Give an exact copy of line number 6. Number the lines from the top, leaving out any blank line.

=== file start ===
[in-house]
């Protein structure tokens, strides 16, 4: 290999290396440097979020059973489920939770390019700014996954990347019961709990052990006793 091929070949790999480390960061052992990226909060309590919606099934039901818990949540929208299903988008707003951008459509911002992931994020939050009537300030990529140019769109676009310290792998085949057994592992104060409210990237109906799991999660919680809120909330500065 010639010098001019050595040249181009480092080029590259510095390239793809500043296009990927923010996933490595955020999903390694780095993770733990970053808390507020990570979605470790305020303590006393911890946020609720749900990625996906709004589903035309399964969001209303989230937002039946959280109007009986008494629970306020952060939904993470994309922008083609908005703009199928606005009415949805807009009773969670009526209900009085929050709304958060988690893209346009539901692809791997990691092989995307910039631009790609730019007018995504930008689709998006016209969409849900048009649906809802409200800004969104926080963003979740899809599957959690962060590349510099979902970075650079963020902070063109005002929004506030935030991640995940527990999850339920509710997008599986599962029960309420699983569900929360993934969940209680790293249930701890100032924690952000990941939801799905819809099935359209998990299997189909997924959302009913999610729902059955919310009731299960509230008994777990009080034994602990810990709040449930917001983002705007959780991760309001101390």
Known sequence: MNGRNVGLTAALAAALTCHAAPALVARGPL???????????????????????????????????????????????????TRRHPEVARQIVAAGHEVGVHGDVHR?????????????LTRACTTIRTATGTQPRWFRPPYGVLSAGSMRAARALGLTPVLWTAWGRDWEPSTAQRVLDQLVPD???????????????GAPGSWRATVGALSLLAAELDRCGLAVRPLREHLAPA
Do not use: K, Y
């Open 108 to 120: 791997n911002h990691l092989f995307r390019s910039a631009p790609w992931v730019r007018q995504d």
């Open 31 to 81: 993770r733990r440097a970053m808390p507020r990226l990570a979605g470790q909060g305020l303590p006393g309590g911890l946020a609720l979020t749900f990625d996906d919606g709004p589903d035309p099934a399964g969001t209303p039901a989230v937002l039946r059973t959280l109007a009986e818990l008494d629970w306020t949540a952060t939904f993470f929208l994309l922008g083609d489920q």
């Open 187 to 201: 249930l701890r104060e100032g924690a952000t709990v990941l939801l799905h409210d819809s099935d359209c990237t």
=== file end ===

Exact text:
């Open 31 to 81: 993770r733990r440097a970053m808390p507020r990226l990570a979605g470790q909060g305020l303590p006393g309590g911890l946020a609720l979020t749900f990625d996906d919606g709004p589903d035309p099934a399964g969001t209303p039901a989230v937002l039946r059973t959280l109007a009986e818990l008494d629970w306020t949540a952060t939904f993470f929208l994309l922008g083609d489920q």